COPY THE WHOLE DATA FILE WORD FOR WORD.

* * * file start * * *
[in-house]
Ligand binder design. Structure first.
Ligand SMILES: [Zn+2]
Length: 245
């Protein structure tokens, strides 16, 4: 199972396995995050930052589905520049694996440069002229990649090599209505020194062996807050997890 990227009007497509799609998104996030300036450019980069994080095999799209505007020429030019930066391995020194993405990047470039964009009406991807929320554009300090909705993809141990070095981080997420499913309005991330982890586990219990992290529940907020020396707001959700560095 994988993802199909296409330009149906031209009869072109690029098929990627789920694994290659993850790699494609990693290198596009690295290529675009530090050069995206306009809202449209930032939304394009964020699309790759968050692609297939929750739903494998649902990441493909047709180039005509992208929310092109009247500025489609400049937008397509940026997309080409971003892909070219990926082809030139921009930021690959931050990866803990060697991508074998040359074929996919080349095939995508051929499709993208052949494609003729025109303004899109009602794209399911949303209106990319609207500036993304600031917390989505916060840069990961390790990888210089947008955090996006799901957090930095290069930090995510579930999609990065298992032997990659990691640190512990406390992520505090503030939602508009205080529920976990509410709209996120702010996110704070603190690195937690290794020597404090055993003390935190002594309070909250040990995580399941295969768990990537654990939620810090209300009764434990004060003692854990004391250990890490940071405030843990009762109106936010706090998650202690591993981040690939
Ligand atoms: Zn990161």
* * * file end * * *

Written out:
[in-house]
Ligand binder design. Structure first.
Ligand SMILES: [Zn+2]
Length: 245
């Protein structure tokens, strides 16, 4: 199972396995995050930052589905520049694996440069002229990649090599209505020194062996807050997890 990227009007497509799609998104996030300036450019980069994080095999799209505007020429030019930066391995020194993405990047470039964009009406991807929320554009300090909705993809141990070095981080997420499913309005991330982890586990219990992290529940907020020396707001959700560095 994988993802199909296409330009149906031209009869072109690029098929990627789920694994290659993850790699494609990693290198596009690295290529675009530090050069995206306009809202449209930032939304394009964020699309790759968050692609297939929750739903494998649902990441493909047709180039005509992208929310092109009247500025489609400049937008397509940026997309080409971003892909070219990926082809030139921009930021690959931050990866803990060697991508074998040359074929996919080349095939995508051929499709993208052949494609003729025109303004899109009602794209399911949303209106990319609207500036993304600031917390989505916060840069990961390790990888210089947008955090996006799901957090930095290069930090995510579930999609990065298992032997990659990691640190512990406390992520505090503030939602508009205080529920976990509410709209996120702010996110704070603190690195937690290794020597404090055993003390935190002594309070909250040990995580399941295969768990990537654990939620810090209300009764434990004060003692854990004391250990890490940071405030843990009762109106936010706090998650202690591993981040690939
Ligand atoms: Zn990161």